I knew little of Solange’s music before this year. If I thought of her at all, it was as Beyonce’s younger sister with a somewhat more experimental streak, having collaborated with Of Montreal amongst others. So when the rave reviews for ‘A Seat at the Table’ came flooding in I was a little cynical, not expecting too much. Not for the first time, I was very wrong. Normally with R&B/soul records, I’m all about the up tempo songs, not so much the ballads. A Seat at the Table is pretty much all ballads, but I still love it. These ballads are both deeply personal and deeply political, with a confessional quality matching the best singer-songwriters but also a sadness and anger about the state of the world. “I am weary of the ways of the world” sums up 2016 better than any line from any other record I’ve heard and the many spoken word interludes follow a theme of black empowerment. In both vocals and production it reminds of classic soul and funk albums, with just little nods to more modern or experimental production. The most pleasant musical surprise that 2016 has bought.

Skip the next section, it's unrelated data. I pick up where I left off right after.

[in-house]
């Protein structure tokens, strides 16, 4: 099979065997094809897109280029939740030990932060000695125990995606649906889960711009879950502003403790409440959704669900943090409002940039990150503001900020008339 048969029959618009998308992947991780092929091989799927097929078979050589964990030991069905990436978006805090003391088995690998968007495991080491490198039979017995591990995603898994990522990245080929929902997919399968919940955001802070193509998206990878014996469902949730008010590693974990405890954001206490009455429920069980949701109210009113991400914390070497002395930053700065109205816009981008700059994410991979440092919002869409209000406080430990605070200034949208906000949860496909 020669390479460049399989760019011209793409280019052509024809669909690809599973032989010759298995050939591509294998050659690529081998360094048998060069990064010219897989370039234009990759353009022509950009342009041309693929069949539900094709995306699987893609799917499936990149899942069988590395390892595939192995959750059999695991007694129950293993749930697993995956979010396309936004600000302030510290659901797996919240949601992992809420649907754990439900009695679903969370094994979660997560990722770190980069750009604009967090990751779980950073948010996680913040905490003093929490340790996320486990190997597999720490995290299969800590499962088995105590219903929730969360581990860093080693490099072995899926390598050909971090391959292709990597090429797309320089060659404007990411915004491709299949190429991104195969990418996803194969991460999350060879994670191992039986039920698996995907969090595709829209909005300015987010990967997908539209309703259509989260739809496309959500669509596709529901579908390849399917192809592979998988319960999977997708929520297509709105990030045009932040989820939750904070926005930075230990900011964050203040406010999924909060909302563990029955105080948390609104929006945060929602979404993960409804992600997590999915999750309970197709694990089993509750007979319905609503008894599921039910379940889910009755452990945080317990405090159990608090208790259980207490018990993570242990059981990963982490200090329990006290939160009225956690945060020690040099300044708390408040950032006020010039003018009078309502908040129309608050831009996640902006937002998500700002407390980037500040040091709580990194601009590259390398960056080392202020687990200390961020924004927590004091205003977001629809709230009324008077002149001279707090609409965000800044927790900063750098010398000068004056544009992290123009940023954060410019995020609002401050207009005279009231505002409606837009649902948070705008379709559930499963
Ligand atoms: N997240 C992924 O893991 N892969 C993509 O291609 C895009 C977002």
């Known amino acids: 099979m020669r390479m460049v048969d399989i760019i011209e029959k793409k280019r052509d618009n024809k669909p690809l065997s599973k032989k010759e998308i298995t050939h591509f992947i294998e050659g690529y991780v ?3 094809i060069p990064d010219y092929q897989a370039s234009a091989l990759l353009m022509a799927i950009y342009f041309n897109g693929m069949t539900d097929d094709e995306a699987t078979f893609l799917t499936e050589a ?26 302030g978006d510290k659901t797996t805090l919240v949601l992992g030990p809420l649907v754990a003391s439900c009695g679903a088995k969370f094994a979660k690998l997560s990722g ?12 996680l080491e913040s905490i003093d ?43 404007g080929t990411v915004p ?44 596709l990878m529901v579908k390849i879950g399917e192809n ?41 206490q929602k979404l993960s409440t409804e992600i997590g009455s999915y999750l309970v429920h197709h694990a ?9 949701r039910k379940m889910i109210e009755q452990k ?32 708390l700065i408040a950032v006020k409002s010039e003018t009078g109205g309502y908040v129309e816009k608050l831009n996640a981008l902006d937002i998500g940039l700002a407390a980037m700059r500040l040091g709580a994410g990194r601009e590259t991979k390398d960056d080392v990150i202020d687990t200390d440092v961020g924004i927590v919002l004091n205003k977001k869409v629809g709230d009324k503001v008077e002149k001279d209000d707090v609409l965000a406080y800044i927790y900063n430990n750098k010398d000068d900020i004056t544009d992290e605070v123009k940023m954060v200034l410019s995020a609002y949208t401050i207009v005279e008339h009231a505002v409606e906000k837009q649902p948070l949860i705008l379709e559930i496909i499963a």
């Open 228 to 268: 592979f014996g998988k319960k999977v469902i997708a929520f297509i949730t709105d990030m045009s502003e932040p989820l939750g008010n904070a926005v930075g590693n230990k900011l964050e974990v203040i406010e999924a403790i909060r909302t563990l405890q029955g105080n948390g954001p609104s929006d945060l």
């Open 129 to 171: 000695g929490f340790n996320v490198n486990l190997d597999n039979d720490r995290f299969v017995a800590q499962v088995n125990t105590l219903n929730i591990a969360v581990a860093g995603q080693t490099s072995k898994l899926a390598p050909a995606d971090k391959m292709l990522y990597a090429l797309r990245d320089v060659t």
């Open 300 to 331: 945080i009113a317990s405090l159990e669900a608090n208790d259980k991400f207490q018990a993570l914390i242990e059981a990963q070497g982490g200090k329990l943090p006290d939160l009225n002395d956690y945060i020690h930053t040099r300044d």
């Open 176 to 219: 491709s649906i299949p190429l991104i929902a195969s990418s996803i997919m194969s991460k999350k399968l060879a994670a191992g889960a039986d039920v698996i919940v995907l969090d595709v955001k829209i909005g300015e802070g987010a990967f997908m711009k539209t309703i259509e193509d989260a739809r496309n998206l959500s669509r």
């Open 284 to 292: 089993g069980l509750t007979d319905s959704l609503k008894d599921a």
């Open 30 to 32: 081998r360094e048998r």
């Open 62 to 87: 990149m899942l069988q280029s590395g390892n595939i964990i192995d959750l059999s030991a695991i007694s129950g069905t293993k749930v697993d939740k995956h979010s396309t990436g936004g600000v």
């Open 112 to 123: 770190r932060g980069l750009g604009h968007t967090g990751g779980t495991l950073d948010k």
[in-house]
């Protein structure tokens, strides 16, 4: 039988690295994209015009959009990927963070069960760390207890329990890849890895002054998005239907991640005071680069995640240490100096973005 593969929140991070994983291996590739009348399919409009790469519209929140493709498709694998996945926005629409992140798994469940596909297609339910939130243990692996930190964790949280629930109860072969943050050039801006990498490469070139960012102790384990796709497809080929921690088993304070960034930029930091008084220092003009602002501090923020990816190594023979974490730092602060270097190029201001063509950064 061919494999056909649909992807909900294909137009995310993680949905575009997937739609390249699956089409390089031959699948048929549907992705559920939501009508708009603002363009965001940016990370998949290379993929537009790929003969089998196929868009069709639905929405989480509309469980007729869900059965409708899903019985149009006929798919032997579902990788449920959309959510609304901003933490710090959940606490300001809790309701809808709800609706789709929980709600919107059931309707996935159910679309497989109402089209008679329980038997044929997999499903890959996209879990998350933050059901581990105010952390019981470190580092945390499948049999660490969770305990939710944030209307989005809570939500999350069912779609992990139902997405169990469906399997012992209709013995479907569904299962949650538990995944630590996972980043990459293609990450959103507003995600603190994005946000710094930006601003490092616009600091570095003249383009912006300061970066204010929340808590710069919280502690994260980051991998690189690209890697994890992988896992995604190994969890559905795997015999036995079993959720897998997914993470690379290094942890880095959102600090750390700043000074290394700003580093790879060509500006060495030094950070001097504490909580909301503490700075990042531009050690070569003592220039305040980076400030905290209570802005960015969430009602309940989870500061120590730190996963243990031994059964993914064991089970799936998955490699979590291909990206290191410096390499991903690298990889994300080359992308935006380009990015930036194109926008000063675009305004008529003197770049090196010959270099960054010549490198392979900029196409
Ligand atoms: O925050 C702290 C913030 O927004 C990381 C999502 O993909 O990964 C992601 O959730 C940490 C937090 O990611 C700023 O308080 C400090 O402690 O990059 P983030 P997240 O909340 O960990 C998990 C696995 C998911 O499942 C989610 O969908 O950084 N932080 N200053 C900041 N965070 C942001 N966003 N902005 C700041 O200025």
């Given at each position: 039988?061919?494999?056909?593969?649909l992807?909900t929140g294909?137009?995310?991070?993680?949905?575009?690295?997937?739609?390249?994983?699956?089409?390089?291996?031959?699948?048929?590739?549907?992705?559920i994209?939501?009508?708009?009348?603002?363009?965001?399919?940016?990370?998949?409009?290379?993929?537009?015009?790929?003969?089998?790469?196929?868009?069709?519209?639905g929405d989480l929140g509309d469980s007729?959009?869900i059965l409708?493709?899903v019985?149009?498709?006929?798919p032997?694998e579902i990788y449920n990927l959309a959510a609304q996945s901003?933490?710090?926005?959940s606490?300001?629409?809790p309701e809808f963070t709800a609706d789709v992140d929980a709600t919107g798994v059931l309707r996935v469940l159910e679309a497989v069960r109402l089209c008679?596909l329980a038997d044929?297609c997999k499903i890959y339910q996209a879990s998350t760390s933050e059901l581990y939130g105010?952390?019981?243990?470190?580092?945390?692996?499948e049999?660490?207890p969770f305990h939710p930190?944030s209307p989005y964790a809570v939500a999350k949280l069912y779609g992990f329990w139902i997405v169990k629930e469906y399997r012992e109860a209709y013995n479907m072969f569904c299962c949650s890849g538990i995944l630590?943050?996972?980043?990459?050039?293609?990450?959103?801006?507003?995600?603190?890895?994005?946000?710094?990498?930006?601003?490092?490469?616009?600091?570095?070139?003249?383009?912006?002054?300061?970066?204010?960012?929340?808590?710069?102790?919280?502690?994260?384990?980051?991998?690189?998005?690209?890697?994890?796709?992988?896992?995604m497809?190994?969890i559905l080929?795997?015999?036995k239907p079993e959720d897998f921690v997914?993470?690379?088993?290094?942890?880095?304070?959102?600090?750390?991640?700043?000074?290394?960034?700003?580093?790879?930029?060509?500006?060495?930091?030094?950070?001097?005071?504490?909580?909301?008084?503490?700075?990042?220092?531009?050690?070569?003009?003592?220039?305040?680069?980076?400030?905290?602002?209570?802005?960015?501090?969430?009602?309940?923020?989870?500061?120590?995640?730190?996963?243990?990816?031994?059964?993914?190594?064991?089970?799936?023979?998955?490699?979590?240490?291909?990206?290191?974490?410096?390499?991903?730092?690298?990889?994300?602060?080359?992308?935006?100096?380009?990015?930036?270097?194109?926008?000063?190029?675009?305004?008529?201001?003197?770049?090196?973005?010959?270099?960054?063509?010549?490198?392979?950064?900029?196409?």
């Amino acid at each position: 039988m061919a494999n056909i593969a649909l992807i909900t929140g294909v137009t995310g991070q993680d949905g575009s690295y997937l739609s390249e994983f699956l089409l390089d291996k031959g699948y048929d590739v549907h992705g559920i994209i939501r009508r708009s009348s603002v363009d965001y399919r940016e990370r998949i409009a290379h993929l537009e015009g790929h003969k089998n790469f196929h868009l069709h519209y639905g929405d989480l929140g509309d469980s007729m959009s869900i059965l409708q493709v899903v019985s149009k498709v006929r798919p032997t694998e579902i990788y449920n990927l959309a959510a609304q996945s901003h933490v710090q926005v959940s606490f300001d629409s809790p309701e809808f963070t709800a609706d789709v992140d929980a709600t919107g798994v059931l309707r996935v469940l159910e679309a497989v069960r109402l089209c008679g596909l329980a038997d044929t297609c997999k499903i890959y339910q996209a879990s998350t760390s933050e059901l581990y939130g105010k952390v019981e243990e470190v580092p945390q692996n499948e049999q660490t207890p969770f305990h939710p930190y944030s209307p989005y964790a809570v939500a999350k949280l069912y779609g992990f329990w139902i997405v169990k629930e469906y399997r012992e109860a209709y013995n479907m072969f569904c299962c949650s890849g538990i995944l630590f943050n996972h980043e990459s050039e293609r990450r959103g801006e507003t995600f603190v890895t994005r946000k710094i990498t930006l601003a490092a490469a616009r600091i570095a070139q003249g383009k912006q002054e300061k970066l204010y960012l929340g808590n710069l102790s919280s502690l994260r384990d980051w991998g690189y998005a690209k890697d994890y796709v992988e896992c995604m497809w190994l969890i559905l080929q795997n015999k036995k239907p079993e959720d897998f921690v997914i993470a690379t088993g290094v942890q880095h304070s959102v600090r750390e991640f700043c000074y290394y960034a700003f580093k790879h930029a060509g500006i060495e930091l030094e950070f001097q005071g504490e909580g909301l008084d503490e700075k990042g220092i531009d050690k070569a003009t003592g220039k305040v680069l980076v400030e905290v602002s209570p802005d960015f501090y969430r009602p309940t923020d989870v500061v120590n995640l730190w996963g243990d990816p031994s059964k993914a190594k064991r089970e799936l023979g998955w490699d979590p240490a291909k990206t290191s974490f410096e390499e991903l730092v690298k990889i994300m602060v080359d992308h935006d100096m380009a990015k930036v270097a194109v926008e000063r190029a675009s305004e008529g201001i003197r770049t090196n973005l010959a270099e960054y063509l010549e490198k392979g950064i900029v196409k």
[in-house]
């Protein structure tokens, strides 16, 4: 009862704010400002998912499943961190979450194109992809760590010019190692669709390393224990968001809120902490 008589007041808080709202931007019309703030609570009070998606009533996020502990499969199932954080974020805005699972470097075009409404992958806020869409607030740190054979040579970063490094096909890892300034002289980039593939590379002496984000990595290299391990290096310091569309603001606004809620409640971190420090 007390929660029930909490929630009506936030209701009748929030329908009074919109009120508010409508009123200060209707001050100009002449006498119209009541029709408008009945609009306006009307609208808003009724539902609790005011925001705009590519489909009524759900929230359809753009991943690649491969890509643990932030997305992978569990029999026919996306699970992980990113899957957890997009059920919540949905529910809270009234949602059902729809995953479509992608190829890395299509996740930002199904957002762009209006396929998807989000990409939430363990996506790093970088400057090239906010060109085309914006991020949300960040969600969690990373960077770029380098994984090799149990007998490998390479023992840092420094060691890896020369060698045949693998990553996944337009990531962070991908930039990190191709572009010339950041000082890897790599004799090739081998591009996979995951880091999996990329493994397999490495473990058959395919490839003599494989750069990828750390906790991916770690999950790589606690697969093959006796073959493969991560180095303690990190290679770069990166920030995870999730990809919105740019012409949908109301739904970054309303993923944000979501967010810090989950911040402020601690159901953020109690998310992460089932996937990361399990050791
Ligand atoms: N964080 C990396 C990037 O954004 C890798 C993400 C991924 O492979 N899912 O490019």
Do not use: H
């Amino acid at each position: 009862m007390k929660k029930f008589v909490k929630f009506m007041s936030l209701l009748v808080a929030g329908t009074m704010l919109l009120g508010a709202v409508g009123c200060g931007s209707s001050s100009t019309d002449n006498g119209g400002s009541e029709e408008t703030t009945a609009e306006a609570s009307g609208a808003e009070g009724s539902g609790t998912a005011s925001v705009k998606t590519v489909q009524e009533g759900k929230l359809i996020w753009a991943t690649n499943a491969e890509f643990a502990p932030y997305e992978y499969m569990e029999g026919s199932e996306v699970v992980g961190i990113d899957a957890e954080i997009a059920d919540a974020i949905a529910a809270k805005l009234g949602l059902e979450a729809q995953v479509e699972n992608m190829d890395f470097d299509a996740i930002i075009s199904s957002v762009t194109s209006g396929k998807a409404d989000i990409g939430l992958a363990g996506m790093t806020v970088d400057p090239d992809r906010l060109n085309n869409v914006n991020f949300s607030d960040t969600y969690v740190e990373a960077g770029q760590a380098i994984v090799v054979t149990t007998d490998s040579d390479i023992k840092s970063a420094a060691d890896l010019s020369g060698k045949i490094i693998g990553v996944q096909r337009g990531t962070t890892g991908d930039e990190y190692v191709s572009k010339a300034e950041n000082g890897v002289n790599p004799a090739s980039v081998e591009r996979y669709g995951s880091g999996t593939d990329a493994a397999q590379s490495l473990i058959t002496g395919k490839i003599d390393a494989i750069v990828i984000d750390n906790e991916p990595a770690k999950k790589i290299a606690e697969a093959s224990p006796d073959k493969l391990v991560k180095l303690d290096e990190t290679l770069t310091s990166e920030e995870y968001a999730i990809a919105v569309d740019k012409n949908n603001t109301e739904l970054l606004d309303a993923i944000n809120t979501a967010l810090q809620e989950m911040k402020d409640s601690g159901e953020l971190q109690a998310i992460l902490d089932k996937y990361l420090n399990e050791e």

8. Claire M.Singer – Solas
When I wrote about Claire M. Singer’s track Wrangham back in July, I mentioned it was a type of music I knew so little of that it was a struggle for me to describe. I suppose I think of it as classical music, but of a modern, experimental variety. The three pieces on the album which make use of the organ from Islington’s Union Chapel (where Singer is the musical director) are especially exciting. The aforementioned Wrangham first drew me in with its’ blend of organ and electronics, but the astonishing 25 minute closing piece The Molendinar, all slow builds and shimmering menace, is the most unlike anything else I’ve heard before. Despite the unique quality of the organ-led tracks however, it is the dramatic opening cello piece ‘A Different Place’ which remains my highlight of a wonderful album.